Managing Uncertainty: Swine Flu Then and Now
July 10, 2009
Michele J. Orza, ScD
An outbreak of H1N1 influenza (more colloquially known as Swine Flu) identified in March has recently been declared a pandemic by the World Health Organization. Everyone from local to international authorities is challenged by uncertainty about how the pandemic might evolve and busy determining how best to prepare for further developments. In the United States, interagency teams are tackling all aspects of the pandemic, from tracking cases to developing a vaccine, and Congress is considering requests from the President for billions of dollars to combat the virus.
But this is not the first time we have encountered such a virus. In 1976, cases of Swine Flu were detected at a U.S. military base, and the U.S. government launched a massive campaign against the virus, including efforts to vaccinate the entire population. The epidemic never spread from the military base, and the government’s campaign was widely considered an overreaction. This Forum session both looked back at what was learned from the Swine Flu program of the 1970s and looked forward to how the federal government might incorporate those lessons into its response to the current pandemic. It also examined more generally the challenge of dealing with uncertainty and the tools available and needed to confront that challenge successfully.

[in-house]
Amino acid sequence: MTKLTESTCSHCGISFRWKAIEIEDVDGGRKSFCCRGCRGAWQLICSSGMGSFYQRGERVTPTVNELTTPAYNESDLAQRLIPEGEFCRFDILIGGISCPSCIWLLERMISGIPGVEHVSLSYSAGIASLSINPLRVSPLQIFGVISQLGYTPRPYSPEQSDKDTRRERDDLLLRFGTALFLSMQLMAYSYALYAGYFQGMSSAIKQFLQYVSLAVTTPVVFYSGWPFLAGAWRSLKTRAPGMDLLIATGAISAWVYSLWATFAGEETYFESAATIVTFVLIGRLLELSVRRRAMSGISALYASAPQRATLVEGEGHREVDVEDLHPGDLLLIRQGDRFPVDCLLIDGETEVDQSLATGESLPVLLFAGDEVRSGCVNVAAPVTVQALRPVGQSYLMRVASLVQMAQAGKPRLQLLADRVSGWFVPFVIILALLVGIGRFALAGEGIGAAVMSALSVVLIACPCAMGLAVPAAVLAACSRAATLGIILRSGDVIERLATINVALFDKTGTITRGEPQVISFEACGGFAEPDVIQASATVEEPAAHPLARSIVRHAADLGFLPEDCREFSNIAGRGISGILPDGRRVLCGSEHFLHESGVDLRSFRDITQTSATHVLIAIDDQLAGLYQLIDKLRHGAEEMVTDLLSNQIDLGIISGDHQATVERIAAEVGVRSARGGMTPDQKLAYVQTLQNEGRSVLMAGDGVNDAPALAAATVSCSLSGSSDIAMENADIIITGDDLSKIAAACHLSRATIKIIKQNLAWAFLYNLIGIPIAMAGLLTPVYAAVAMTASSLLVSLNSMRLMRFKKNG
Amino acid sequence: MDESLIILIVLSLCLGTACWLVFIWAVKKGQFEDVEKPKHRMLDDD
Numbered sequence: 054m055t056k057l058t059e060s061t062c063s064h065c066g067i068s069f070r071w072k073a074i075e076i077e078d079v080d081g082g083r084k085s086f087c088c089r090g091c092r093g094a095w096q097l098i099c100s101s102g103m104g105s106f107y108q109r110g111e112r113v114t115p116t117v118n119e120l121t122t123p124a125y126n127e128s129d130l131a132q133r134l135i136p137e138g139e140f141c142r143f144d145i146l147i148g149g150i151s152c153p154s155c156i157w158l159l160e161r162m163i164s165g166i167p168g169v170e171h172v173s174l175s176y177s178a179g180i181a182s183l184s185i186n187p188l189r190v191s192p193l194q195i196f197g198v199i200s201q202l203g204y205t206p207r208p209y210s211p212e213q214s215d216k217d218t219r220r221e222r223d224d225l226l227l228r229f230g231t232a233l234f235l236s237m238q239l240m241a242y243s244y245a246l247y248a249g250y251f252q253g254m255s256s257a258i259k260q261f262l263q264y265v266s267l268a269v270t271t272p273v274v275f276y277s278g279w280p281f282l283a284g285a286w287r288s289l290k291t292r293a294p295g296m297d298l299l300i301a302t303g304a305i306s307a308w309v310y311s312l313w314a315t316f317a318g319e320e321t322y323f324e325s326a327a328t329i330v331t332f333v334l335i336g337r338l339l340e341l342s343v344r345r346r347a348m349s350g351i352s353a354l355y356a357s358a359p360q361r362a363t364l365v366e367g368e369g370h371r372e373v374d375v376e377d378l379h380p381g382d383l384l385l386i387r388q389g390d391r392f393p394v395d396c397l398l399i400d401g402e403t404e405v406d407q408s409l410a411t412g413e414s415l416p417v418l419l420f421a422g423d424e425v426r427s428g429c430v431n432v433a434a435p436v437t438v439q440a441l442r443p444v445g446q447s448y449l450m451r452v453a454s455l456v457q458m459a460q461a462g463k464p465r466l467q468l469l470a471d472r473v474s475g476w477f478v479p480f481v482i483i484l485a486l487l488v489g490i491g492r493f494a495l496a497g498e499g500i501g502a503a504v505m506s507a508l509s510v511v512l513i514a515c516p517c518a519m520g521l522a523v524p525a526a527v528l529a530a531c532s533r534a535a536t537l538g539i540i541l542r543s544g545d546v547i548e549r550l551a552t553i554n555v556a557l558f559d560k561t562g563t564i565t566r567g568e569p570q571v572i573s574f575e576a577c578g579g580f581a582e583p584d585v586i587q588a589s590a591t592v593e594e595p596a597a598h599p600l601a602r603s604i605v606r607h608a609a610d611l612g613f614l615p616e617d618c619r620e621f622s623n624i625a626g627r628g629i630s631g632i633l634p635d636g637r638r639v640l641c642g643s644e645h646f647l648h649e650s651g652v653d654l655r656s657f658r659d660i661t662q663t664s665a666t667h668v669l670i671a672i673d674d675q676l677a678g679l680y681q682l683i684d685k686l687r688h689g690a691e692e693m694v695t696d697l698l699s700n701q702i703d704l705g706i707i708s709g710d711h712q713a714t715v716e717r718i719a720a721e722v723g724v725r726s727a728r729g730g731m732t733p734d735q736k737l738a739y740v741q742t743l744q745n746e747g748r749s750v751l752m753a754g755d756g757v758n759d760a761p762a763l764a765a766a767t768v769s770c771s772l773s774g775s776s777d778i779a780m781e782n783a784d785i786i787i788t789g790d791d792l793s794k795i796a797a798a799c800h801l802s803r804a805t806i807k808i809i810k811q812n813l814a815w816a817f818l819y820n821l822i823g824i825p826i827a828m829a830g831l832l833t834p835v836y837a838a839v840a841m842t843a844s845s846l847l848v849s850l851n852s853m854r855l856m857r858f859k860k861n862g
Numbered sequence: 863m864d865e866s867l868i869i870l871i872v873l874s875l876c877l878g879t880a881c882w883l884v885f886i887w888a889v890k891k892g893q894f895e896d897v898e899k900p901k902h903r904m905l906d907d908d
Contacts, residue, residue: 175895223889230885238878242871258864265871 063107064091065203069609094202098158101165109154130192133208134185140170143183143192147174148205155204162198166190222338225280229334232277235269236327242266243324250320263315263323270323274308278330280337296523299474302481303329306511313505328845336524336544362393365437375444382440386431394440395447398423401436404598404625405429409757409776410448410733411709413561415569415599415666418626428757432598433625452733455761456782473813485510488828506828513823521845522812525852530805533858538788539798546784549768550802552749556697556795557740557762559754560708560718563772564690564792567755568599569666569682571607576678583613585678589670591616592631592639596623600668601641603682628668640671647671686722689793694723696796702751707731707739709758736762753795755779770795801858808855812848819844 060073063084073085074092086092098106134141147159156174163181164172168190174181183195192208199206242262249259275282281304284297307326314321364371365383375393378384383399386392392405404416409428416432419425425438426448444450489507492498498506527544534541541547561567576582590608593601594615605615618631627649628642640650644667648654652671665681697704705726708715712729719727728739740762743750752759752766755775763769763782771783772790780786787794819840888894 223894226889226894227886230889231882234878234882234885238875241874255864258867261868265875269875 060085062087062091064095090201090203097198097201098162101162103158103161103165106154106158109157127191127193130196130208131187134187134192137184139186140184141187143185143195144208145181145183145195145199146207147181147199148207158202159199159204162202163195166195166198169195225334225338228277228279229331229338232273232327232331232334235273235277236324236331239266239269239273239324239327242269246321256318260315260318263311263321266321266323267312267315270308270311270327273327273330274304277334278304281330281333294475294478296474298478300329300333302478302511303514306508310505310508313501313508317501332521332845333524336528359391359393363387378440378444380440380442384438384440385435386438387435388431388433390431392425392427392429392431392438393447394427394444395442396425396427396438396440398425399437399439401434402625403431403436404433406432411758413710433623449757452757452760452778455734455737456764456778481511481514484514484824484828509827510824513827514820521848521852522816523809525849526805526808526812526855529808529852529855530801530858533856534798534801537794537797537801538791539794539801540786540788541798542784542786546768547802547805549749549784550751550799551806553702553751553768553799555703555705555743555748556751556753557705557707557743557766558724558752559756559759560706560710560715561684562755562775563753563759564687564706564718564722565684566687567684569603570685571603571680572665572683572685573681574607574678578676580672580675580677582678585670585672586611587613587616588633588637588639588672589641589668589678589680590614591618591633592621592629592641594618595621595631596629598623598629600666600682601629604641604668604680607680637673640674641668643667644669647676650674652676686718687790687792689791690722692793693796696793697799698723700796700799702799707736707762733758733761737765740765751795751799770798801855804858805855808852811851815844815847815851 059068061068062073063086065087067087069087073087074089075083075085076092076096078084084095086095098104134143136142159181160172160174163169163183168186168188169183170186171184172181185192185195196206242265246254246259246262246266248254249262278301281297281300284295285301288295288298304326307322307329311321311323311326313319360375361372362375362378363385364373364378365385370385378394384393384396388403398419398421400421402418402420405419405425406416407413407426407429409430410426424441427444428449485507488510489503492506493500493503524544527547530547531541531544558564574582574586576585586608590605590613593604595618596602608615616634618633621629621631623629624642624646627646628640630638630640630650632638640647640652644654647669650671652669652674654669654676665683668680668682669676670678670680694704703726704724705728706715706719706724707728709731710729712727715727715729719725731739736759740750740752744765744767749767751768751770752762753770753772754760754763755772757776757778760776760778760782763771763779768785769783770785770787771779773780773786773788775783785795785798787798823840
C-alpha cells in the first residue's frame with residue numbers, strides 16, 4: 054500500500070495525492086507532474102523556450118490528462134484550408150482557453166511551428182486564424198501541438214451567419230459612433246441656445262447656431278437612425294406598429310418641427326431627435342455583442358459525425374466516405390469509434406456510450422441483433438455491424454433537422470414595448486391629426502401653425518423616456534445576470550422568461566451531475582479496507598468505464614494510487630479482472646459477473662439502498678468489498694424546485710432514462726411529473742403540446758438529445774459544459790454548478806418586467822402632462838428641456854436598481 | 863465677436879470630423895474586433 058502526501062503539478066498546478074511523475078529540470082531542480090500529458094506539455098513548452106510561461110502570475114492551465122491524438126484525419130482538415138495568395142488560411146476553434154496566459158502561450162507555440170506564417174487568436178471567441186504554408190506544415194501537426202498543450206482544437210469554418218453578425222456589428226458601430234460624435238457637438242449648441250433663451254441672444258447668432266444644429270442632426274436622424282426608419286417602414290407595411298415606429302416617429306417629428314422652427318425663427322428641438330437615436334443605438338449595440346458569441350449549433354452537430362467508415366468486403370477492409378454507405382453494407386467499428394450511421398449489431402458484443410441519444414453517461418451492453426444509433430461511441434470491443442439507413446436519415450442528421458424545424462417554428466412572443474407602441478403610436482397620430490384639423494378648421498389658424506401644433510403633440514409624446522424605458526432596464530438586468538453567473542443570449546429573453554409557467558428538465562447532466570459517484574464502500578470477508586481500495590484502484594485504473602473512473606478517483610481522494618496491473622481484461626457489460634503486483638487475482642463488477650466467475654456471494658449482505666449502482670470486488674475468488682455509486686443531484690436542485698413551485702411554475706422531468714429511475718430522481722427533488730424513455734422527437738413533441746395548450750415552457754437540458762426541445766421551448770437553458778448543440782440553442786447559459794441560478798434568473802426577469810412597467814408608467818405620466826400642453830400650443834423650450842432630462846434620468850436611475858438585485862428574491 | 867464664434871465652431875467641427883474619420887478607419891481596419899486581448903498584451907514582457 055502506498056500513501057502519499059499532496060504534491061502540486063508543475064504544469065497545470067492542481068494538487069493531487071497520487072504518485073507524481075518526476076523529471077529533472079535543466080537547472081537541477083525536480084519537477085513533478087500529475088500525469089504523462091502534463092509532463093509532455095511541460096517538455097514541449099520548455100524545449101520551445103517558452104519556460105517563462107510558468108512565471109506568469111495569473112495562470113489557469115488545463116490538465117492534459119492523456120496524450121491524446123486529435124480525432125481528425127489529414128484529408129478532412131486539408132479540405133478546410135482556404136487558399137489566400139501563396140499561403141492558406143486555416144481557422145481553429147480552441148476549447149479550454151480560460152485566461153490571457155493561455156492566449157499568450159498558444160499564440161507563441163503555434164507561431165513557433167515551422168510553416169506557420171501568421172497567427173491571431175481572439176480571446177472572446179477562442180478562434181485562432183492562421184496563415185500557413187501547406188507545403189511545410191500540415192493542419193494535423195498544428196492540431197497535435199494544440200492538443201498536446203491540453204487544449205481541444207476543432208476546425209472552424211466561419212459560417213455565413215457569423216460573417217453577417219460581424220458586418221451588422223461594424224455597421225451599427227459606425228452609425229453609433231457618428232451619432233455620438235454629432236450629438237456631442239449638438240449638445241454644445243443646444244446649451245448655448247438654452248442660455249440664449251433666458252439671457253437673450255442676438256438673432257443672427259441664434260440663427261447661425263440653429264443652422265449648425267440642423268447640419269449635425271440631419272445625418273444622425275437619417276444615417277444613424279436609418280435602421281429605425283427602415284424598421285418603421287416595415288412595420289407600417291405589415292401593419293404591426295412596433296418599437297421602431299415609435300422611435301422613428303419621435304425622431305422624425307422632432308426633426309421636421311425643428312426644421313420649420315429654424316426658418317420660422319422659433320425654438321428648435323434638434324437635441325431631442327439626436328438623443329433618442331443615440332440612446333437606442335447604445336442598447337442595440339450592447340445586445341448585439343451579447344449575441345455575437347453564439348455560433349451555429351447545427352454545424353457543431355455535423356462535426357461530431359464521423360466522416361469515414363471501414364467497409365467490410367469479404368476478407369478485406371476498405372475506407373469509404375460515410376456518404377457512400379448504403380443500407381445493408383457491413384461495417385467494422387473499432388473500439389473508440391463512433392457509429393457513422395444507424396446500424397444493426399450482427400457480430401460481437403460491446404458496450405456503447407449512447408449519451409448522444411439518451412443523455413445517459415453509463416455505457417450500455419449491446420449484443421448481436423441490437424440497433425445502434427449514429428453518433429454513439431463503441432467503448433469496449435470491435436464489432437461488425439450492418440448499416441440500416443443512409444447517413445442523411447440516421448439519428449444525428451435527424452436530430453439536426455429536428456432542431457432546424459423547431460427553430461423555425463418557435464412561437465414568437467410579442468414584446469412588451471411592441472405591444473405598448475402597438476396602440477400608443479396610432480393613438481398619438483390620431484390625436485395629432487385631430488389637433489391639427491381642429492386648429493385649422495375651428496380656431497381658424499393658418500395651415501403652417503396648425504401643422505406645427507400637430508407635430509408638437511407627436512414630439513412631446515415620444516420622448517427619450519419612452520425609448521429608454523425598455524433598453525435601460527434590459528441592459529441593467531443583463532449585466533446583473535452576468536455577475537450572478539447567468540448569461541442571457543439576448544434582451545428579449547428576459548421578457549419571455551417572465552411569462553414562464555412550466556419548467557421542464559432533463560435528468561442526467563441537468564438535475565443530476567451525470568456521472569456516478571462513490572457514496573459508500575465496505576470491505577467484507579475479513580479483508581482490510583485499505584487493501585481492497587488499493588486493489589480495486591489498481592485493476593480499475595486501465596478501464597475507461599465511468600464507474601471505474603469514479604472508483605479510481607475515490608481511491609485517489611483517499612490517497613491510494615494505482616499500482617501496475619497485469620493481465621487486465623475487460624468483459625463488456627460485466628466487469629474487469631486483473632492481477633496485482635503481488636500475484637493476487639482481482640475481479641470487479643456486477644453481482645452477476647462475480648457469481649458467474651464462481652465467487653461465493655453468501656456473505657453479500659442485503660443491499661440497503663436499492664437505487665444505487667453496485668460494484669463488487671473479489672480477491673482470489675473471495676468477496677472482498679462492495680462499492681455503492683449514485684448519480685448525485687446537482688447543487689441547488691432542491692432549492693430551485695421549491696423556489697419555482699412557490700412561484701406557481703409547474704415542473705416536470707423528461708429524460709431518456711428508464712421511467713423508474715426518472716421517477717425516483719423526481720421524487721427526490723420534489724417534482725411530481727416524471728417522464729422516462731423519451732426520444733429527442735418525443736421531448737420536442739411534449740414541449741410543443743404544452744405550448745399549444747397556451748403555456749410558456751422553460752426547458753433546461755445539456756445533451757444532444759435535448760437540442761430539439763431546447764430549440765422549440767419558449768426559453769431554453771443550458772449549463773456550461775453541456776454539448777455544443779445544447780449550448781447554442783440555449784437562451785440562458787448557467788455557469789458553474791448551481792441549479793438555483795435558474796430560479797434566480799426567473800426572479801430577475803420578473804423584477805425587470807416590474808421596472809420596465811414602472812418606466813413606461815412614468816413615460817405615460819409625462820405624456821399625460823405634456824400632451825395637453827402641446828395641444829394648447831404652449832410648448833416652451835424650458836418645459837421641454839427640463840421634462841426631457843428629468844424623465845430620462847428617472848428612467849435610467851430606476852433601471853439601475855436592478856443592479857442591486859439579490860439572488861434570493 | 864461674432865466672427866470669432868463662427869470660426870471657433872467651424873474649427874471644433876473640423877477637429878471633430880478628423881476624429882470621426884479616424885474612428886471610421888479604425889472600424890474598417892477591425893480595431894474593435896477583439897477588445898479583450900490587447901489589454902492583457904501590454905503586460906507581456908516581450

Harvey V. Fineberg, MD, PhD, President, Institute of Medicine, National Academy of Sciences; Margaret A. Hamburg, MD, Commissioner, U.S. Food and Drug Administration
For related NHPF materials see: "Influenza Vaccine Shortages: Dress Rehearsal for a Future Pandemic? Or Wake-Up Call?" (Forum Session, November 8, 2004); "Tick-Tock: Preparing for the Next Influenza Pandemic" (Background Paper, August 27, 2004); "Strong as the Weakest Link: Medical Response to a Catastrophic Event" (Background Paper No. 65, August 8, 2008); and "The Vaccine Industry: Does It Need a Shot in the Arm?" (Background Paper, January 25, 2006).
The book on which Dr. Fineberg's remarks were based is:Richard E. Neustadt and Harvey V. Fineberg, The Swine Flu Affair: Decision-Making on a Slippery Disease, Harvard University, report to Joseph Califano, Secretary of the U.S. Department of Health, Education, and Welfare, 1978, re-released by the Institute of Medicine, May 2009.